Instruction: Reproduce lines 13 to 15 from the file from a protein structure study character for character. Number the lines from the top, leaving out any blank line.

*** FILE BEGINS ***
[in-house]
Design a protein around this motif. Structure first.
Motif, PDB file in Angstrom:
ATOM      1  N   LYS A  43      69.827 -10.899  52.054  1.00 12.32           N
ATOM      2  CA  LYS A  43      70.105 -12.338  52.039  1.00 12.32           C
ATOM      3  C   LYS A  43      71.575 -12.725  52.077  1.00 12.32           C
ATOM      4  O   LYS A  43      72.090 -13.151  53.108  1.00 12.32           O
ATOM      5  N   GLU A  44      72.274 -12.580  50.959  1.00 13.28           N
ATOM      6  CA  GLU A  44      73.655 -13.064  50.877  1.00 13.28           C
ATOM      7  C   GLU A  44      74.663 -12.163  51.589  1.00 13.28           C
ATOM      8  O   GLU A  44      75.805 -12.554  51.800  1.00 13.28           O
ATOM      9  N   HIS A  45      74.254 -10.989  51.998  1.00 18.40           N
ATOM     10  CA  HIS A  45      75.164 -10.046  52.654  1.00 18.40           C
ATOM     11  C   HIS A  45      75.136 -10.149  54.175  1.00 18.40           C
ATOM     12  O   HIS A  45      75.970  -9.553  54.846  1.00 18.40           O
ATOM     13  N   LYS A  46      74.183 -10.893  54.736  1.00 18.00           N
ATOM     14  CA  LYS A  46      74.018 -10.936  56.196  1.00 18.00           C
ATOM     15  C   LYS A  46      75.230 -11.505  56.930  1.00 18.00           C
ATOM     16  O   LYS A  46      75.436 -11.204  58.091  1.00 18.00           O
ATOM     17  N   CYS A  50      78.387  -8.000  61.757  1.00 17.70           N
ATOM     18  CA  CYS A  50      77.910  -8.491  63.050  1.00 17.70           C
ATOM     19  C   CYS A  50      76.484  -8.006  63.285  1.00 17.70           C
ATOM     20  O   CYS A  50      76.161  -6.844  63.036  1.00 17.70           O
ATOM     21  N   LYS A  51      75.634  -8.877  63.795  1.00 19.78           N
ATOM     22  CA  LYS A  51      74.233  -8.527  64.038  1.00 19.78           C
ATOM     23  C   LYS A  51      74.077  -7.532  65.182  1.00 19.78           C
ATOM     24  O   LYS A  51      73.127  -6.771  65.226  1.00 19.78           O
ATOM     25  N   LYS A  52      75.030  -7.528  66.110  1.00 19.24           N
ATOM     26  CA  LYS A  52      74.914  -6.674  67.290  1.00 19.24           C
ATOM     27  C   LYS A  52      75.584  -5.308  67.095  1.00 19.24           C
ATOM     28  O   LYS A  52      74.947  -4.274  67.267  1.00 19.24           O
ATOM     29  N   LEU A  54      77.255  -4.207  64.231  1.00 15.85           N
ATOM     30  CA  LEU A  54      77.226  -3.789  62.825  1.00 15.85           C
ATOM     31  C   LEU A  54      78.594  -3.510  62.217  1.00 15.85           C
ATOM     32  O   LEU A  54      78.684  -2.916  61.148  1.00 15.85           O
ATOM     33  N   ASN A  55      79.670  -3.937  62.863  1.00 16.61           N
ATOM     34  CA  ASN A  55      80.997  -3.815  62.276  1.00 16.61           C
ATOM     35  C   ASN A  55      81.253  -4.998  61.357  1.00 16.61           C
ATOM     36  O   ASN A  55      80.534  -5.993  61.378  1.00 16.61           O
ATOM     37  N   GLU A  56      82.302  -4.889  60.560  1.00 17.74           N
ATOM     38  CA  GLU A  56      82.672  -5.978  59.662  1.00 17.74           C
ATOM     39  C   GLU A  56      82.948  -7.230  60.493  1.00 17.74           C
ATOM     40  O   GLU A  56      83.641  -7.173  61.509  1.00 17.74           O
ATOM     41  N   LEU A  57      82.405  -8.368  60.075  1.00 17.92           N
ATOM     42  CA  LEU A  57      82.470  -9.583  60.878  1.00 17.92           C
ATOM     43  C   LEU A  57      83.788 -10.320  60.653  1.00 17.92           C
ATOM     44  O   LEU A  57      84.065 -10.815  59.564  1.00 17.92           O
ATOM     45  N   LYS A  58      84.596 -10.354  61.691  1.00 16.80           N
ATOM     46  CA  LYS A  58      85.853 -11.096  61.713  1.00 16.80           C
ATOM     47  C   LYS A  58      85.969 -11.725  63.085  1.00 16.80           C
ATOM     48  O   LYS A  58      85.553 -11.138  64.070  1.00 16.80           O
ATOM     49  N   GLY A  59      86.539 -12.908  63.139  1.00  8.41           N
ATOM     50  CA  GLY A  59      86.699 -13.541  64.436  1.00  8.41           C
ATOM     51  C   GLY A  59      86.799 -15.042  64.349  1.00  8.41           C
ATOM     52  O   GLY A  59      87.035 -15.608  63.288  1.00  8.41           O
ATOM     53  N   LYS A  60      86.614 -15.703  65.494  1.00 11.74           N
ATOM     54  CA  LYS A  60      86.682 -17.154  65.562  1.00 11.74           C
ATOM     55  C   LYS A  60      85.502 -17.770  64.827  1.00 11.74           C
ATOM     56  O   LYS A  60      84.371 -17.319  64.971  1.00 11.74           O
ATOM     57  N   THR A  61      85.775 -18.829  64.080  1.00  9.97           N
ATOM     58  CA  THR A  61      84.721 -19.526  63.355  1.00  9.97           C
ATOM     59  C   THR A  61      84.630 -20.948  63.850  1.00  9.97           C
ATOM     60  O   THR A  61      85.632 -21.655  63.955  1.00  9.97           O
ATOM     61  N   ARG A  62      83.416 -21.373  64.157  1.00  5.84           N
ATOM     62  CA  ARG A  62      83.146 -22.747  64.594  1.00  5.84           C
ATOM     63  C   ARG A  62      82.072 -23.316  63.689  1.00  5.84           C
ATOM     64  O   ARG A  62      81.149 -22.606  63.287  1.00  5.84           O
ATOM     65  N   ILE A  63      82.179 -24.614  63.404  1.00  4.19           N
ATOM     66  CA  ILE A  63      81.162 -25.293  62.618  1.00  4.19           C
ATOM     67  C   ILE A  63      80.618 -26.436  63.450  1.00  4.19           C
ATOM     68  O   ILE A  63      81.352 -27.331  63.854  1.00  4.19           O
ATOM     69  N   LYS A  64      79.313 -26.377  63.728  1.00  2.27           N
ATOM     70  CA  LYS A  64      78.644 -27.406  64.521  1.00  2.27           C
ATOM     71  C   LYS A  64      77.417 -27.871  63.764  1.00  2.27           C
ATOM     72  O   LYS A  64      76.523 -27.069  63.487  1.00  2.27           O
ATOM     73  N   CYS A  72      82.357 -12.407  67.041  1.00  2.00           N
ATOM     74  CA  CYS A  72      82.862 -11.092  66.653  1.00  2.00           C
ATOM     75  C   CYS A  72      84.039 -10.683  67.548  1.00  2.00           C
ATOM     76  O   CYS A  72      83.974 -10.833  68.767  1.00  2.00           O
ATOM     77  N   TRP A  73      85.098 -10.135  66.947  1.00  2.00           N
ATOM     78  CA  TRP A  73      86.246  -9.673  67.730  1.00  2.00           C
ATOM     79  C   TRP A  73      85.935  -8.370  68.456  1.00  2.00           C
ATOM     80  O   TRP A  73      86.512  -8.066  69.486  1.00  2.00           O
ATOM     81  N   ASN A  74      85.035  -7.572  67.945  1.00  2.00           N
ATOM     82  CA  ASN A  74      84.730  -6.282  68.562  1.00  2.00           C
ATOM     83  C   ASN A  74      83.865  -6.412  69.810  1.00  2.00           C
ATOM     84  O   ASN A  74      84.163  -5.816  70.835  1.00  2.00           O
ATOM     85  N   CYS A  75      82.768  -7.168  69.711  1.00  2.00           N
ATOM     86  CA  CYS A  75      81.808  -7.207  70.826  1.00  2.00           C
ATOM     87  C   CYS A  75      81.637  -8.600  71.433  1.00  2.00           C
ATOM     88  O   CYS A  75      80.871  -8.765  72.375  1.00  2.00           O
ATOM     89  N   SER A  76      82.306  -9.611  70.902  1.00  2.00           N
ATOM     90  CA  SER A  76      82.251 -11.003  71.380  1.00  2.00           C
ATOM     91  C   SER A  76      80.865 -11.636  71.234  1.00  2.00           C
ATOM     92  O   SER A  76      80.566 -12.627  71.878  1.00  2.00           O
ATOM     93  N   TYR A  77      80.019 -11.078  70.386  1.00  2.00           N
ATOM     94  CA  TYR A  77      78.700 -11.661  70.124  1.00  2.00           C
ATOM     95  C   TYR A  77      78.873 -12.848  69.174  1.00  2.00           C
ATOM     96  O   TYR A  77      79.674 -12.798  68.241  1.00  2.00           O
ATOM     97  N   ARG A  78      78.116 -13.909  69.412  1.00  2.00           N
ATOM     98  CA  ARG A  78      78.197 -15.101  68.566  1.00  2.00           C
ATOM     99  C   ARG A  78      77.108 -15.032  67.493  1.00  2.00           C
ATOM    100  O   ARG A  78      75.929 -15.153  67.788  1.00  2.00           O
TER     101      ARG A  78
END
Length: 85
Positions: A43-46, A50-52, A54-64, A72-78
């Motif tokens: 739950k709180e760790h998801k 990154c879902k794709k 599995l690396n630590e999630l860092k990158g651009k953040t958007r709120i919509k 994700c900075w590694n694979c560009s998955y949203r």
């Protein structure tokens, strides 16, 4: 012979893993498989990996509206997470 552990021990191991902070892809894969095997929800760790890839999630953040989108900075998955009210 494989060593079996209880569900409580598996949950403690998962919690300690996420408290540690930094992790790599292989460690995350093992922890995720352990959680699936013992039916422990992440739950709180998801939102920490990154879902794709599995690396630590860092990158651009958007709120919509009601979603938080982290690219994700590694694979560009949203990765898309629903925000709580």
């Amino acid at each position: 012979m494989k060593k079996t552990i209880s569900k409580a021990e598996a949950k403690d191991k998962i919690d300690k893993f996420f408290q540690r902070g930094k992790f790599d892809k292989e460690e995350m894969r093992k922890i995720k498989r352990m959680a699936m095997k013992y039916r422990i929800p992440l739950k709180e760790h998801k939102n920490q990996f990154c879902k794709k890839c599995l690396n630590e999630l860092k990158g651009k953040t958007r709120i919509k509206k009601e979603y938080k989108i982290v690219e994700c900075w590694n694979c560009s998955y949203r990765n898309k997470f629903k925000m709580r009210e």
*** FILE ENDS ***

ATOM     10  CA  HIS A  45      75.164 -10.046  52.654  1.00 18.40           C
ATOM     11  C   HIS A  45      75.136 -10.149  54.175  1.00 18.40           C
ATOM     12  O   HIS A  45      75.970  -9.553  54.846  1.00 18.40           O